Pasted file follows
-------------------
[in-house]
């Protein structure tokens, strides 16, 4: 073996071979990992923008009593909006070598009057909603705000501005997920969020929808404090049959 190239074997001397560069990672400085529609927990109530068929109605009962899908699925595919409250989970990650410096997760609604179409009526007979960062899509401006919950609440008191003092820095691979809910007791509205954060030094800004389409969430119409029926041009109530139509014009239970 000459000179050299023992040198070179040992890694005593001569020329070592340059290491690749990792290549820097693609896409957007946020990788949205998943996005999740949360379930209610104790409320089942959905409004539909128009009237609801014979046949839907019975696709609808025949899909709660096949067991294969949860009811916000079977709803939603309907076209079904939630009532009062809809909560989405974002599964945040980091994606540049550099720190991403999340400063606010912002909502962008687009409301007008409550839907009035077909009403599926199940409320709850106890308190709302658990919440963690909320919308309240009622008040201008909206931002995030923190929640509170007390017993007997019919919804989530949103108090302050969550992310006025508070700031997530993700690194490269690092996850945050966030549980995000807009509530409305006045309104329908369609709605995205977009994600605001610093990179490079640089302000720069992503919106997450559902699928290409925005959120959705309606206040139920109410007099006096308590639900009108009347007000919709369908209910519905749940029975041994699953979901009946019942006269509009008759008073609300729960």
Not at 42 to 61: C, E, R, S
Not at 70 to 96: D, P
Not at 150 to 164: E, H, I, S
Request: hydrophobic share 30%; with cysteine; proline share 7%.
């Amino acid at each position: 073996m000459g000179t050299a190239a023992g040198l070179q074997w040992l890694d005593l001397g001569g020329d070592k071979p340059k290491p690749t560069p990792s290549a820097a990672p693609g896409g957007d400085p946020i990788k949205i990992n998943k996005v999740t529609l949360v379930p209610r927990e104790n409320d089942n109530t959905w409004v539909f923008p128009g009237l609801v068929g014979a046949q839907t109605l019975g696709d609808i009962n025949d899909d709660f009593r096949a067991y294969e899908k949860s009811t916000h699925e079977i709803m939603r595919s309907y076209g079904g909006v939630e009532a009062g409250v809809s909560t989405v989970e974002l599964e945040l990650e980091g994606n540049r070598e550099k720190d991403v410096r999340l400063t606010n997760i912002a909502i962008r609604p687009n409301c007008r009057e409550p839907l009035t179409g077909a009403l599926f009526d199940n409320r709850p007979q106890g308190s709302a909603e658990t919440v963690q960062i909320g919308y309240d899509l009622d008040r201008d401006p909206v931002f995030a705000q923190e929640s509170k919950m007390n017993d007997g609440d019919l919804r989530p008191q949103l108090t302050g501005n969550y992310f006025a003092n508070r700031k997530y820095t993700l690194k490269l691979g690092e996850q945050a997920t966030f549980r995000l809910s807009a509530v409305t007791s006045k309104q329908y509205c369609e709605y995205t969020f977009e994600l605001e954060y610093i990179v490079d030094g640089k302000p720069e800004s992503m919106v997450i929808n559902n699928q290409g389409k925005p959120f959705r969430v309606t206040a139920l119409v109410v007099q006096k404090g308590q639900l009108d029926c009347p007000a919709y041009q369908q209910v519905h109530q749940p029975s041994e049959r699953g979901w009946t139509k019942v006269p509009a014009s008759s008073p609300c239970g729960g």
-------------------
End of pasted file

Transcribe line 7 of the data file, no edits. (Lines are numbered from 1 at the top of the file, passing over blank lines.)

């Amino acid at each position: 073996m000459g000179t050299a190239a023992g040198l070179q074997w040992l890694d005593l001397g001569g020329d070592k071979p340059k290491p690749t560069p990792s290549a820097a990672p693609g896409g957007d400085p946020i990788k949205i990992n998943k996005v999740t529609l949360v379930p209610r927990e104790n409320d089942n109530t959905w409004v539909f923008p128009g009237l609801v068929g014979a046949q839907t109605l019975g696709d609808i009962n025949d899909d709660f009593r096949a067991y294969e899908k949860s009811t916000h699925e079977i709803m939603r595919s309907y076209g079904g909006v939630e009532a009062g409250v809809s909560t989405v989970e974002l599964e945040l990650e980091g994606n540049r070598e550099k720190d991403v410096r999340l400063t606010n997760i912002a909502i962008r609604p687009n409301c007008r009057e409550p839907l009035t179409g077909a009403l599926f009526d199940n409320r709850p007979q106890g308190s709302a909603e658990t919440v963690q960062i909320g919308y309240d899509l009622d008040r201008d401006p909206v931002f995030a705000q923190e929640s509170k919950m007390n017993d007997g609440d019919l919804r989530p008191q949103l108090t302050g501005n969550y992310f006025a003092n508070r700031k997530y820095t993700l690194k490269l691979g690092e996850q945050a997920t966030f549980r995000l809910s807009a509530v409305t007791s006045k309104q329908y509205c369609e709605y995205t969020f977009e994600l605001e954060y610093i990179v490079d030094g640089k302000p720069e800004s992503m919106v997450i929808n559902n699928q290409g389409k925005p959120f959705r969430v309606t206040a139920l119409v109410v007099q006096k404090g308590q639900l009108d029926c009347p007000a919709y041009q369908q209910v519905h109530q749940p029975s041994e049959r699953g979901w009946t139509k019942v006269p509009a014009s008759s008073p609300c239970g729960g």